Amen.

Announcements, September 13

THIS WEEKEND…

All Ages Book Group, September 16th at 9:00am: Grab the Wishtree book in the Gathering Space and take home to read.  Join us on the 16th for a discussion of the story.  Wishtree is a wonderful book about community told by a tree named Red!

Young Adult Meetup at the Vintage, Sunday, September 16, 7pm: The younger adults of St. Dunstan’s are invited to join us for conversation and the beverage of your choice, at the Vintage Brewpub on South Whitney Way. St. Dunstan’s picks up the tab for drinks and snacks. Friends and partners welcome too.

THE WEEKS AHEAD…

Calling all Owls! Back to school also means the start of youth group. We are looking for 4th and 5th graders to join us every other Friday night for pizza, sharing and fun activities. Our first gathering will be Friday, Sept 14th from 5:30-7:30. Please direct any questions to Leonora Neville or Krissy Mayer.

Museum Trip, September 22nd at 11:00am: Everyone is invited to learn together at the UW Geology museum on Saturday, September 22nd.  The guided tour begins at 11:00 a.m.  NOTE THE TIME CHANGE!  Please sign up in the Gathering space so we can let the museum know our numbers!  Please contact Sharon if you need/want to car pool.

Inquirers’ Group session 3: Theology, Sunday, September 23, 9am: This group is for those new to the Episcopal Church, as well as long-time members who’d like to learn more. At each session, we’ll discuss a short book, read ahead of time. Our third book is “A Faith for the Future,” by Jesse Zink. Zink unites tradition and contemporary thinking to introduce the essentials of Episcopal theology. What’s the story of God, Jesus, the Holy Spirit, creation and humanity, baptism, church, Eucharist, mission, and the life after death? Several copies of the book are available for pickup in the Gathering Area, or you can buy it online in print or Kindle editions. It’s OK if you haven’t come to previous sessions. Just read (or skim) the book, come and join in!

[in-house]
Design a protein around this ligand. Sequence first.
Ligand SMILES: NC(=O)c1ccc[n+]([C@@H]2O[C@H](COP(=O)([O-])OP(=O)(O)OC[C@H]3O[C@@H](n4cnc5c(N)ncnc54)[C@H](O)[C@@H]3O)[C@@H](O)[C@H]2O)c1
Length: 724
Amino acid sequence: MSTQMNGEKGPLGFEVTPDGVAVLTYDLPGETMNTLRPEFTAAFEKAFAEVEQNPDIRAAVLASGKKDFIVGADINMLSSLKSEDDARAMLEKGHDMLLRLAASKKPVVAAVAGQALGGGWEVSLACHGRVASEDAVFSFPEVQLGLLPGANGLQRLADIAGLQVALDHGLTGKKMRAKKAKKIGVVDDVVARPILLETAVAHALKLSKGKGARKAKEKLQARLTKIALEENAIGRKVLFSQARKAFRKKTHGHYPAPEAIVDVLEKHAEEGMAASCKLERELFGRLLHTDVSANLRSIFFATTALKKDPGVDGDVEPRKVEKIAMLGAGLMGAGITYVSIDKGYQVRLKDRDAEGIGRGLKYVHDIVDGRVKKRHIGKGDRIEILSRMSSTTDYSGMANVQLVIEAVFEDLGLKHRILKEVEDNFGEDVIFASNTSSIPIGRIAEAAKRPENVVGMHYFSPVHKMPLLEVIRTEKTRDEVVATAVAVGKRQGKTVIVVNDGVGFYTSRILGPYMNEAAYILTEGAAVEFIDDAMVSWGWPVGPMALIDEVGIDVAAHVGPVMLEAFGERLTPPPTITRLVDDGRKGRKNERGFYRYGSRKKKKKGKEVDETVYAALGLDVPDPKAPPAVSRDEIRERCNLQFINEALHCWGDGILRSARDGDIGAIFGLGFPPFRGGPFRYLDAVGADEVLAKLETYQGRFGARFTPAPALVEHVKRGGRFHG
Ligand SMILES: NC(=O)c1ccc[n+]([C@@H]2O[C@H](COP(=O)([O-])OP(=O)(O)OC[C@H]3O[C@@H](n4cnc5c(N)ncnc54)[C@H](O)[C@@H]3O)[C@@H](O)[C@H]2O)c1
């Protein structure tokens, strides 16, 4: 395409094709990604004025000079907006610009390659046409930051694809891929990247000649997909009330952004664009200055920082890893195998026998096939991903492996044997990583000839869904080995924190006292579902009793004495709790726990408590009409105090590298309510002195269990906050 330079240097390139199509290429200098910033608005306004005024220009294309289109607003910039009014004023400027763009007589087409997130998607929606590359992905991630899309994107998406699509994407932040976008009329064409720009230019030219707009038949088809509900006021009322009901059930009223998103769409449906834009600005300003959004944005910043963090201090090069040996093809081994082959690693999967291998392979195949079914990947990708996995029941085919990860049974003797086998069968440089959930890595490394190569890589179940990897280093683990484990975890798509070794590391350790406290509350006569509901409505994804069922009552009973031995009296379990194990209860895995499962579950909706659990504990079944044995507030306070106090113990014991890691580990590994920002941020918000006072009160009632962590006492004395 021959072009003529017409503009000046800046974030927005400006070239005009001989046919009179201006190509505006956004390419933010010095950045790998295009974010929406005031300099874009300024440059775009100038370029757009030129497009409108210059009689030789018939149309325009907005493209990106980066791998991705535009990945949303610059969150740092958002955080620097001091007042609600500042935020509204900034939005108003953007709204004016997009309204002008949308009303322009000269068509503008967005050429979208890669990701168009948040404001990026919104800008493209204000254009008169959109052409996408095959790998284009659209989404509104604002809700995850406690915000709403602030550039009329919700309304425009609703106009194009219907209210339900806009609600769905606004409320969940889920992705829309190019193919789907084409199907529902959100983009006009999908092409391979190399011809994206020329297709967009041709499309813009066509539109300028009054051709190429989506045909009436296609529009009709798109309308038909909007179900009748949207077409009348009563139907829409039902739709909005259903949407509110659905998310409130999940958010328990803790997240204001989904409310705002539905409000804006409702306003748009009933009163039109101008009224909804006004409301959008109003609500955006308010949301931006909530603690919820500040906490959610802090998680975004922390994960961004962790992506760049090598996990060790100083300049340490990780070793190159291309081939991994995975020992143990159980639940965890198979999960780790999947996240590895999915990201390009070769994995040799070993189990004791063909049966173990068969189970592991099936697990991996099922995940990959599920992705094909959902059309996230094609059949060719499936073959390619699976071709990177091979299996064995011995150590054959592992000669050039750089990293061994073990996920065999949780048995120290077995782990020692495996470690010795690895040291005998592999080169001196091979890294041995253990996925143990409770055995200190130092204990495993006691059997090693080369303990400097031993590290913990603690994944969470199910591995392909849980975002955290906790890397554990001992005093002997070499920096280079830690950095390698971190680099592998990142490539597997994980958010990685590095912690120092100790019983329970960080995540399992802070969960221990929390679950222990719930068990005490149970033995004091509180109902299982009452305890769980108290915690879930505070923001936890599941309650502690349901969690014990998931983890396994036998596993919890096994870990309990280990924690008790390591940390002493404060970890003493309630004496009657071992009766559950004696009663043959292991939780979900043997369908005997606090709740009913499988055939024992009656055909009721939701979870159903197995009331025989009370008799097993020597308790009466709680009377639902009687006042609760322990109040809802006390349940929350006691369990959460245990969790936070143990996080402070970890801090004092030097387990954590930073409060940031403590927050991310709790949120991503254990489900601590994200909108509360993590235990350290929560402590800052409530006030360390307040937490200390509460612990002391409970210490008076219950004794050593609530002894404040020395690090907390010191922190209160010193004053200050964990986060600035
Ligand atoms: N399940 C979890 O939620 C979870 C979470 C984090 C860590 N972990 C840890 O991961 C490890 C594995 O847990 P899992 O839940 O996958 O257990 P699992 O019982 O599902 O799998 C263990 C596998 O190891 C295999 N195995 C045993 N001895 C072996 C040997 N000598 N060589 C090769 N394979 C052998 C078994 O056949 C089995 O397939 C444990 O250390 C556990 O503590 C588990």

Ladies’ Night Out, Friday, September 28, 6pm: Come join us for good food and good conversation among women of all ages from St. Dunstan’s. This month we will meet at Biaggi’s, 1611 Aspen Commons,Middleton, at Greenway Station. For more information, or to arrange a ride, please contact Kathy Whitt or call Debra Martinez.

Election Season Prayers: Praying for our political leaders has always been part of Anglican and Episcopal worship. In past election seasons, we have often included candidates for public office in our prayers in informal ways. This year we are taking on the discipline of praying for this autumn’s elections as part of our weekly Prayers of the People, using language borrowed from some of the prayers for our country in the Book of Common Prayer.

Madison-Area Julian Gathering, Wednesday, October 10, 1:00 – 2:45 PM: Julian of Norwich was a 14th Century English mystic whose theology was six hundred years ahead of her time.  She had sixteen revelations of Christ showing her the reciprocal nature of the bond between the soul and God, a bond that is based on love that is tender and co-operative . . . he wants us to be his partners. If that sounds like the relationship with God you long for, join us.  We meet on the second Wednesday of each month.  If you have questions, contact Susan Fiore, ObJN.

Altar Flowers: September and October dates available! Honor a loved one or a special event with altar flowers. Reserve your special date by writing your dedication on the sign-up sheet. Suggested donation is $35. Write “flowers” on the memo line of your check or on envelope containing cash, or donate online at donate.stdunstans.com.

Looking for Coffee Hosts for September and October 2018! Consider being a coffee host and talk with Janet Bybee.